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  • Rabbi David Paskin

What's Love Got To Do With It?

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From Rabbi David

Probably the most famous in the entire Torah is in this week's parsha, "Love your neighbor as yourself." In a beautiful commentary, HaKtav VeHaKabalah, from the 19th century, Yaakov Tzvi Mecklenburg, explains exactly what it means to love your neighbor:

  • That he love me truly without falsehood.

  • That he treat me with respect always, as the rabbis say: Honor of your friend should be like the reverence for your teacher.

  • That he ask my wellbeing always, because that's fitting for loving neighbors to be at peace and to ask of each other's wellbeing.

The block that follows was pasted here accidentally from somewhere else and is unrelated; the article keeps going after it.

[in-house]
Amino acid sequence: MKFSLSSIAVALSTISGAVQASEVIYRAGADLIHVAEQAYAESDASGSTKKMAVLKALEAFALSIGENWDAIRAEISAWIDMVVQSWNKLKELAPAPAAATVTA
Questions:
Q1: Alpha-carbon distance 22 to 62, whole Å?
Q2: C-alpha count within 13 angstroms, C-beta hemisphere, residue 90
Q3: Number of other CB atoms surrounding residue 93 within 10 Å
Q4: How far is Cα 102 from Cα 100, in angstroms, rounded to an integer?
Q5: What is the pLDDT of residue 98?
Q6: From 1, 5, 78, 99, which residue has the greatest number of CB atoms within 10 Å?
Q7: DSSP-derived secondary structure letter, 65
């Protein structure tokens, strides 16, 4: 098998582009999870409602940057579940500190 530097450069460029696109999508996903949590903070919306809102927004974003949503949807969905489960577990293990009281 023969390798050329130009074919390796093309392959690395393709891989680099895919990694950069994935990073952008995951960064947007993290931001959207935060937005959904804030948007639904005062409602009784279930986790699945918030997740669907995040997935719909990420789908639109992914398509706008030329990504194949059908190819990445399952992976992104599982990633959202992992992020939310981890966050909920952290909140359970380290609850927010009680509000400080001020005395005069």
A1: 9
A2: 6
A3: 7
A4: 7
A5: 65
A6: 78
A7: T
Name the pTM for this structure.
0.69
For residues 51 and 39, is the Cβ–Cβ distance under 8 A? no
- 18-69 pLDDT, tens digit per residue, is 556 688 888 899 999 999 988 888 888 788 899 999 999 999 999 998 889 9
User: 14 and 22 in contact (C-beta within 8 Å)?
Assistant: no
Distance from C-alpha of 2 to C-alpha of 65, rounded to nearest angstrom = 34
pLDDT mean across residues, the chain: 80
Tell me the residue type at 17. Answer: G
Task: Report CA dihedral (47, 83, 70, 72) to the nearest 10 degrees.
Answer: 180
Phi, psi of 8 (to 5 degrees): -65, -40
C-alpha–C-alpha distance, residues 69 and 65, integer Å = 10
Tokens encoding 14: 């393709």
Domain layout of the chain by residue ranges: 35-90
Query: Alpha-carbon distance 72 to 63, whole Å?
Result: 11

• That he partake in my pain.

  • That he receive me with a smile when I come to his house.

  • That he judge me favorable.

  • That he voluntarily inconvenience himself for me.

  • That he loan me or gift me some money when I need it and that he not withhold from me any small request to borrow something.

  • That he not be arrogant towards me.

While we all know this teaching, I wonder sometimes if I am living up to it. Do I always treat others with full respect? Do I always judge others favorably? Am I always wearing a smile? Unfortunately - I know the answer is not always yes and that's why I love that this is a commandment. I cannot just say, "oh well - I'm not in the mood to be loving today." The Torah isn't interested in my mood - it is interested in my actions. And so when I am not "in the mood" to treat others with respect the Torah calls out to me to remind me that how I'm feeling shouldn't change the way I behave. I have a responsibility to love my neighbor regardless of my own emotions.


This is a difficult and powerful challenge the Torah puts upon us and one that would make our world a much more beautiful place.

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